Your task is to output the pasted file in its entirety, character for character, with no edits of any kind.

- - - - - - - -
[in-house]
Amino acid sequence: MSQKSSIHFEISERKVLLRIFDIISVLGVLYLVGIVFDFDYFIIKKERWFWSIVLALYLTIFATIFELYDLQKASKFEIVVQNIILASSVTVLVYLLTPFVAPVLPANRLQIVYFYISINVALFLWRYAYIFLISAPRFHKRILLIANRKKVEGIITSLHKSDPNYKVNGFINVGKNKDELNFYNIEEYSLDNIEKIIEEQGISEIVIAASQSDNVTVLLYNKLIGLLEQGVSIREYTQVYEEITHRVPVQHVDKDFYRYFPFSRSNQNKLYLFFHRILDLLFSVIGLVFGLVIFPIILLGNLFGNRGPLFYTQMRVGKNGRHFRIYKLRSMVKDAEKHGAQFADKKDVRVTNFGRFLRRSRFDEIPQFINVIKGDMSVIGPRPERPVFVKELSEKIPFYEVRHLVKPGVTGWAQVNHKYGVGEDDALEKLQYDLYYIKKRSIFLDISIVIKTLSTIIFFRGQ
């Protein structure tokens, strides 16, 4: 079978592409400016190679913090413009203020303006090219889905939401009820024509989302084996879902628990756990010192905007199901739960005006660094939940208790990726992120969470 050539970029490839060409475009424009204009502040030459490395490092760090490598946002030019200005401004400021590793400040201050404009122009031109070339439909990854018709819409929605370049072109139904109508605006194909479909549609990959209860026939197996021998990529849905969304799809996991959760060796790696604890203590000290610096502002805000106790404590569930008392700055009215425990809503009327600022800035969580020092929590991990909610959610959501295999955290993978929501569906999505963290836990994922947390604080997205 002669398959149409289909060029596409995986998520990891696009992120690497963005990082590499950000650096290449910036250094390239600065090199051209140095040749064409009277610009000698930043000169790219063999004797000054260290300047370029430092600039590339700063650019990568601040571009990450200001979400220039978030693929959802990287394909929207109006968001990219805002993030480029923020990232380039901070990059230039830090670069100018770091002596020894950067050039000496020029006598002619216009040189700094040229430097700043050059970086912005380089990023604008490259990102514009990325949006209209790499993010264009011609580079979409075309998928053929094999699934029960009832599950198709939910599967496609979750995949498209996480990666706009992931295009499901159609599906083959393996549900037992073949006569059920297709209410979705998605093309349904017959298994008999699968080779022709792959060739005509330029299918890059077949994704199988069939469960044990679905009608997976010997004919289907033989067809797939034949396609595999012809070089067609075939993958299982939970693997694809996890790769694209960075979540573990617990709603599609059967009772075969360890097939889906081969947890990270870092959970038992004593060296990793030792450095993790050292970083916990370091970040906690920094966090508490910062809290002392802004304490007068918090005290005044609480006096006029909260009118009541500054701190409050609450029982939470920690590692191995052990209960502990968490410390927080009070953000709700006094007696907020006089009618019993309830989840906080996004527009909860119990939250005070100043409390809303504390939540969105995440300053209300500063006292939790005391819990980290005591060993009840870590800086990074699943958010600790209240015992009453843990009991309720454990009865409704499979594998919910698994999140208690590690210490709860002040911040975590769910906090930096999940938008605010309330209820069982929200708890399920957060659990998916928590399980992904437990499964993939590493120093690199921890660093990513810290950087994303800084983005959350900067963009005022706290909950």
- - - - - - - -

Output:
[in-house]
Amino acid sequence: MSQKSSIHFEISERKVLLRIFDIISVLGVLYLVGIVFDFDYFIIKKERWFWSIVLALYLTIFATIFELYDLQKASKFEIVVQNIILASSVTVLVYLLTPFVAPVLPANRLQIVYFYISINVALFLWRYAYIFLISAPRFHKRILLIANRKKVEGIITSLHKSDPNYKVNGFINVGKNKDELNFYNIEEYSLDNIEKIIEEQGISEIVIAASQSDNVTVLLYNKLIGLLEQGVSIREYTQVYEEITHRVPVQHVDKDFYRYFPFSRSNQNKLYLFFHRILDLLFSVIGLVFGLVIFPIILLGNLFGNRGPLFYTQMRVGKNGRHFRIYKLRSMVKDAEKHGAQFADKKDVRVTNFGRFLRRSRFDEIPQFINVIKGDMSVIGPRPERPVFVKELSEKIPFYEVRHLVKPGVTGWAQVNHKYGVGEDDALEKLQYDLYYIKKRSIFLDISIVIKTLSTIIFFRGQ
């Protein structure tokens, strides 16, 4: 079978592409400016190679913090413009203020303006090219889905939401009820024509989302084996879902628990756990010192905007199901739960005006660094939940208790990726992120969470 050539970029490839060409475009424009204009502040030459490395490092760090490598946002030019200005401004400021590793400040201050404009122009031109070339439909990854018709819409929605370049072109139904109508605006194909479909549609990959209860026939197996021998990529849905969304799809996991959760060796790696604890203590000290610096502002805000106790404590569930008392700055009215425990809503009327600022800035969580020092929590991990909610959610959501295999955290993978929501569906999505963290836990994922947390604080997205 002669398959149409289909060029596409995986998520990891696009992120690497963005990082590499950000650096290449910036250094390239600065090199051209140095040749064409009277610009000698930043000169790219063999004797000054260290300047370029430092600039590339700063650019990568601040571009990450200001979400220039978030693929959802990287394909929207109006968001990219805002993030480029923020990232380039901070990059230039830090670069100018770091002596020894950067050039000496020029006598002619216009040189700094040229430097700043050059970086912005380089990023604008490259990102514009990325949006209209790499993010264009011609580079979409075309998928053929094999699934029960009832599950198709939910599967496609979750995949498209996480990666706009992931295009499901159609599906083959393996549900037992073949006569059920297709209410979705998605093309349904017959298994008999699968080779022709792959060739005509330029299918890059077949994704199988069939469960044990679905009608997976010997004919289907033989067809797939034949396609595999012809070089067609075939993958299982939970693997694809996890790769694209960075979540573990617990709603599609059967009772075969360890097939889906081969947890990270870092959970038992004593060296990793030792450095993790050292970083916990370091970040906690920094966090508490910062809290002392802004304490007068918090005290005044609480006096006029909260009118009541500054701190409050609450029982939470920690590692191995052990209960502990968490410390927080009070953000709700006094007696907020006089009618019993309830989840906080996004527009909860119990939250005070100043409390809303504390939540969105995440300053209300500063006292939790005391819990980290005591060993009840870590800086990074699943958010600790209240015992009453843990009991309720454990009865409704499979594998919910698994999140208690590690210490709860002040911040975590769910906090930096999940938008605010309330209820069982929200708890399920957060659990998916928590399980992904437990499964993939590493120093690199921890660093990513810290950087994303800084983005959350900067963009005022706290909950």